Fiery Coals

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While on a missions trip, the Norwegian evangelist Hans Nielsen Hauge (1771-1824) was once caught in a snowstorm in the fields and got lost, together with his guide. After wandering aimlessly for a while, they caught sight of a light and followed it to a house. The owners, however, refused the weary travelers’ request for a place to stay for the night.

So the two men continued on. They fumbled their way down to the fjord and found a shed that was open on one side. With some effort, Hauge was able to get in. He helped his exhausted guide inside where they found a large bundle of netting. With this they fashioned a makeshift bed and blanket, and they settled down for the night. Despite their wet clothes they quickly fell into a deep sleep.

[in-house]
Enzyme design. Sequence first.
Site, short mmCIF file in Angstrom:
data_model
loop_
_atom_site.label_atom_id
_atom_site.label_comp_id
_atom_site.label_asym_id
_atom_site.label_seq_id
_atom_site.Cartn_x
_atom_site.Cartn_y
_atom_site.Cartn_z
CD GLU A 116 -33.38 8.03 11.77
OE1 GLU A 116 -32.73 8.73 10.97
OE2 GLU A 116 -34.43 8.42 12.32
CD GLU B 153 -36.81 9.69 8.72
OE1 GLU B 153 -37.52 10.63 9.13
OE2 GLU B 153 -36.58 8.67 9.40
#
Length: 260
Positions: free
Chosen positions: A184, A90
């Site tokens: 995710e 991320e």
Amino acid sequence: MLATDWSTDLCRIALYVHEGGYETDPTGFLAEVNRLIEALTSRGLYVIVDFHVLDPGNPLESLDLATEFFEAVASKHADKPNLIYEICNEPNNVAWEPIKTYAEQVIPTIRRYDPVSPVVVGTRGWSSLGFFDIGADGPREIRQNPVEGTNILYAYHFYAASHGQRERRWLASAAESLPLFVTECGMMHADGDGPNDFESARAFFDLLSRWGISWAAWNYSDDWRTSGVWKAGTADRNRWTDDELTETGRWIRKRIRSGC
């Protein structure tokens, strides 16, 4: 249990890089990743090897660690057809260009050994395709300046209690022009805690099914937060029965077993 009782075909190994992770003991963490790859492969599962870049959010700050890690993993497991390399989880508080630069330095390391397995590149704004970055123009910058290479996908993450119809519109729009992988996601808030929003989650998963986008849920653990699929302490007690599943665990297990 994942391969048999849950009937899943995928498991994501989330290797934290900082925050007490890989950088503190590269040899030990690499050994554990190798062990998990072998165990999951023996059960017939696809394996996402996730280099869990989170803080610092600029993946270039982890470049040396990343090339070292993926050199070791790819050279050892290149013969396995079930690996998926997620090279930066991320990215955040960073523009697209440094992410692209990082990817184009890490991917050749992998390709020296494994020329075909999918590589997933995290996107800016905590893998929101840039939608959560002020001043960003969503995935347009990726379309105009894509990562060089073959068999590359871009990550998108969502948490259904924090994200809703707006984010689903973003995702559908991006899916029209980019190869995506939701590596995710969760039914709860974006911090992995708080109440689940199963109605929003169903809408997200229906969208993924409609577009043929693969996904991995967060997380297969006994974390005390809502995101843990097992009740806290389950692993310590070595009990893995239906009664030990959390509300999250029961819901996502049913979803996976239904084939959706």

The following morning, Hauge’s guide was eager to continue the journey, but Hauge said they first needed to pay for their night’s stay. They made their way back to the house where they had been refused entry the night before.

The owner looked puzzled when he opened the door to the two men. He was even more surprised when Hauge politely apologized for breaking into his shed without his permission, and insisted that he pay for the night. He hand- ed the man two thalers and insisted it was in no way too much as two lives had been saved with it. And as Hauge expressed his heartfelt gratitude to God for providing them with a place of shelter, the man became deeply ashamed. He called his wife and told her to set out food and drink for the two guests.

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